Joe McNally has called on the officials for Saturday’s rematch between Josh Taylor and Jack Catterall to be wary of the risk of overcompensating as a consequence of the controversy that followed their first fight.

The long-term rivals fight again in a non-title contest at Leeds’ First Direct Arena – considered more neutral territory – over two years after the scorecards from their first fight came to be recognised as among the most controversial of the modern era.

On that night at The SSE Hydro in Glasgow, Edinburgh’s Taylor – despite being knocked down in the eighth round and having a point deducted in the 11th for punching after the bell – was scored the winner via scores of 114-111, 113-112 and 112-113 at the conclusion of a fight in which he was widely seen as having been outboxed. Catterall – the underdog against the then-reigning undisputed super-lightweight champion – also had a point deducted, for holding in the 10th, but was considered so unfortunate not to be awarded victory that it became inevitable that they would fight again.

As a consequence of scoring the fight 114-111 in Taylor’s favour, Ian John-Lewis was summoned by the British Boxing Board of Control to explain why. They in turn downgraded him from their elite A Star class group of referees to A class; the governing body also asked the WBC, WBA, IBF and WBO to keep Catterall as mandatory challenger for their titles, but Taylor gradually vacated the first three and lost the fourth to Teofimo Lopez in New York in June 2023.

It was in the aftermath of perhaps his poorest performance as a professional that the 33-year-old Taylor – undefeated until his encounter with Lopez – replaced Ben Davison as his trainer with McNally. Saturday’s fight represents their second together – McNally’s influence has contributed to Taylor remaining at super lightweight after considering moving up – but the trainer is wary of the risk of the officials overseeing the high-profile occasion feeling under pressure to be perceived to be fair to Taylor’s rival. 

“That’s obviously a fear,” he said. “I don’t want Josh to really leave it in the hands of the judges – I want him to be super dominant, in an ideal world. But we have got to put the uttermost faith in the British Boxing [Board of Control] applying top quality judges. 

“We’ve got [judges] Kieran McCann, Mark Bates and Lee Every. Kevin Parker [is the referee]. I’m no rocket scientist, but I’m sure they wouldn’t have worked too many championship fights at this level either – same as the referee – so I think we’ve got a young panel across the board, and I hope the board has a deep conversation with them to eliminate the first fight. ‘Forget the controversy; forget this; just see the fight as you see it against two neutral, equal operators and just let it play out.’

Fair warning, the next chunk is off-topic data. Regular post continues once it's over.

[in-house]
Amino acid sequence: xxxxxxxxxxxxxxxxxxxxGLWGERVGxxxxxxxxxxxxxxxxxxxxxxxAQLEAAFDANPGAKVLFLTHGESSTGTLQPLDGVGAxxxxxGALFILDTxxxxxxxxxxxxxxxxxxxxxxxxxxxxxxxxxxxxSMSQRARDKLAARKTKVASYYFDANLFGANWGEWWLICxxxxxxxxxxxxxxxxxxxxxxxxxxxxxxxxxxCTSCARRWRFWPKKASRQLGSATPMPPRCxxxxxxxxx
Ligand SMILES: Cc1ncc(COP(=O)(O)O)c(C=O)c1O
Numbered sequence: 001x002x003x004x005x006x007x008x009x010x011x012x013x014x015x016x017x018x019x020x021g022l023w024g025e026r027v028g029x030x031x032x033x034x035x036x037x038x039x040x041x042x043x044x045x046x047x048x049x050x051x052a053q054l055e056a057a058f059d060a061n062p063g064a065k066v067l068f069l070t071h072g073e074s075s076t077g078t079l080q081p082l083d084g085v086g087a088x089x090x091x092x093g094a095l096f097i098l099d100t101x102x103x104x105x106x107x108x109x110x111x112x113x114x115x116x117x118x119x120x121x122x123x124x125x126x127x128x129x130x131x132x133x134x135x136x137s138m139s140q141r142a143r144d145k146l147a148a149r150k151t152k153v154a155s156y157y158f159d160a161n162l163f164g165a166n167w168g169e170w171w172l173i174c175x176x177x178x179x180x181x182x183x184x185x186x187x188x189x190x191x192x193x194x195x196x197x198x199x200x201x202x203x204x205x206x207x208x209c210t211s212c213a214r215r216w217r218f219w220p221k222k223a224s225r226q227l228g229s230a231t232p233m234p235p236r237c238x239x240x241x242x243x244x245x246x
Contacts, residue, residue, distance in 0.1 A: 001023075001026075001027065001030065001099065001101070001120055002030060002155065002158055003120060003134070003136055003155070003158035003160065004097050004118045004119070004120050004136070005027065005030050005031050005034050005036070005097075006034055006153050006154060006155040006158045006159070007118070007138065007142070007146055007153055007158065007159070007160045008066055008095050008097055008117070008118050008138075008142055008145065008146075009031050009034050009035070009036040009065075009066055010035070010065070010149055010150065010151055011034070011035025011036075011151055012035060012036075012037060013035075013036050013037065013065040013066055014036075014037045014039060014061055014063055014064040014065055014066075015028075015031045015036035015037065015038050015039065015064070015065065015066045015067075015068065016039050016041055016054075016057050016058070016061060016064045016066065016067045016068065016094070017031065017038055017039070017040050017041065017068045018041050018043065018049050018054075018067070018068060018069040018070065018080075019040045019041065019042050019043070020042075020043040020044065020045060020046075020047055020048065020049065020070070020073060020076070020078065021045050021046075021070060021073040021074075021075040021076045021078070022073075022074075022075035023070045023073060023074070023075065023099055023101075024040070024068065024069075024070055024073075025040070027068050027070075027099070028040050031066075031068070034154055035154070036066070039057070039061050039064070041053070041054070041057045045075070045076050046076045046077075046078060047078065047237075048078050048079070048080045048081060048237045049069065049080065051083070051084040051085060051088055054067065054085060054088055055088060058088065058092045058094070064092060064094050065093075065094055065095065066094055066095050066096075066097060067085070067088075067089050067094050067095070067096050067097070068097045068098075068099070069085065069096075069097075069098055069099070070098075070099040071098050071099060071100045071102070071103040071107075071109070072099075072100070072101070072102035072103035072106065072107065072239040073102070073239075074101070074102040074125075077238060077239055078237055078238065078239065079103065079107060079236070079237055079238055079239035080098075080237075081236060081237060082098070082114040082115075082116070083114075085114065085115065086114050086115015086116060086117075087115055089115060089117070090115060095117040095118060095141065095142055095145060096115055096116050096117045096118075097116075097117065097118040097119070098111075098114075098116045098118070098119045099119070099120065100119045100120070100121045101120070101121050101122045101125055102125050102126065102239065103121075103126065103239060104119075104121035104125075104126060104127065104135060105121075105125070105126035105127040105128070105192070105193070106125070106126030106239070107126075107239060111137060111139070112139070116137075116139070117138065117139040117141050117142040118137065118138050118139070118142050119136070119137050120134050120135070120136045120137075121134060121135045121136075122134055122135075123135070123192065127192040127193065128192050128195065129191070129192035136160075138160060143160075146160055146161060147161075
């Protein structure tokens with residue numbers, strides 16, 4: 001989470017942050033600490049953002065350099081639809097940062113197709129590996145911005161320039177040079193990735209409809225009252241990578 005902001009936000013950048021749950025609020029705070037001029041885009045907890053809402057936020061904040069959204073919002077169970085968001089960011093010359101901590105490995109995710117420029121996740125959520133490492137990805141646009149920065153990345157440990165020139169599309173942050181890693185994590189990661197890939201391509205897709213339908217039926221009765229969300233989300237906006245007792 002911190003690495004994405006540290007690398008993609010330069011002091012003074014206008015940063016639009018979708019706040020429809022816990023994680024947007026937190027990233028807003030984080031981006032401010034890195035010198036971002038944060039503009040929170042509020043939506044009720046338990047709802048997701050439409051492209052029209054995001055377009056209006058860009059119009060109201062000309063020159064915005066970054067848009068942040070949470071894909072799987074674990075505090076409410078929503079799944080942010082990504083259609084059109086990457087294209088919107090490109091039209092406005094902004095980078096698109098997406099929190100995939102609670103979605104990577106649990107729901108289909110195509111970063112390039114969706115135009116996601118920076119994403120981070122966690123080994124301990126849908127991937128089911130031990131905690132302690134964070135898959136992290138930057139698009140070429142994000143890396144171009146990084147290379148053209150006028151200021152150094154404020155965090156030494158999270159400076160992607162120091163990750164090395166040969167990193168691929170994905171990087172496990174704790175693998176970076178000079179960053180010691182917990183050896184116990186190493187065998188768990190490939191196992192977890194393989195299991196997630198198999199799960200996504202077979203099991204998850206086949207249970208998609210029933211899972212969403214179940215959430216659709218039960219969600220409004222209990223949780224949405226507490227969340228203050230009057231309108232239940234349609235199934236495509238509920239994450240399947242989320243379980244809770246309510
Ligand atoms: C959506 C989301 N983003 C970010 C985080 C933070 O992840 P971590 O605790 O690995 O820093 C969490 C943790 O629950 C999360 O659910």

“I just hope there isn’t any other controversy. If Jack wins, he wins fairly. If Josh wins, he wins fairly. Kudos; take your hat off; tip it to the guy, and you push on to what you’re gonna do next. There always is that fear, but it is what it is.

“I hope Josh gets to showcase his skill asset, and puts in a vintage performance. Likewise Jack – I hope he gets to show his skill set too, so the fight has got a good ebb and flow to it; back and forth; is good for the fans. The last thing I want is a repeat of the first one where there’s a lot of holding; clinching; hitting after the bell; low blows; the back of the head and stuff, and the referee getting too involved in the fight.

“This is a DAZN-Matchroom fight, and Josh Taylor being a Top Rank fighter – DAZN have paid him a lot of money to take the fight, and they paid that because DAZN and Matchroom had no other [big British fights] top of the bill this year, or moving forward. There’s nothing in the pipeline. 

“I vented it to Top Rank, but it’s the flip-side of the coin – I don’t really wanna dismiss Kevin Parker as a referee, because he might be a really good referee. But for these occasions you should have an experienced one, and I think Top Rank spoke to the Board, and they’ve got every confidence in the officials that they’ve appointed for the job. So let’s see how it plays out.

“My biggest fear is I think we’ve got an under-qualified referee for the fight. His biggest fight today is [Liam] Smith-[Chris] Eubank II [when McNally worked Smith’s corner], and also Ishmael Davis v Troy [Williamson]. I do think we needed an experienced referee to handle the occasion and situation, but that’s the British Boxing Board [of Control]. That’s their problem. I just hope that the fight – people get to showcase their skills and talent, and may the best man win.”

Saturday’s fight will be the 1,018th of Parker’s career, but there have perhaps been none of the profile of Taylor-Catterall II. Their first fight was refereed by Marcus McDonnell; McNally and his assistant trainer Declan O’Rourke were present, and McNally doesn’t agree with the majority who believe that Catterall, 30, deserved victory.

“I was chatting to Declan next to me right the way through the fight and never really had eyes on the fight – I wasn’t the best of spectators that night,” said McNally, of Liverpool. “I followed the crowd a little bit. I was under the pretence that Josh Taylor being Josh Taylor should have too much in his arsenal for Jack. When Jack dropped him there was a big silence in the arena, and then Josh rallied and come back. 

“But it was like, ‘Oh, this is close’, and listening to a lot of people, Jack really won the fight. I never went back and watched it until I started collaborating with Josh and went back and really studied the fight, and it’s a fight of what you really fancy. 

“To win that calibre of fight you cannot sit back on the back foot and pot shot with one shot. You’ve gotta rip the title away from the champion and really force the action. I don’t think Jack executed that and that’s what got Josh the victory.”

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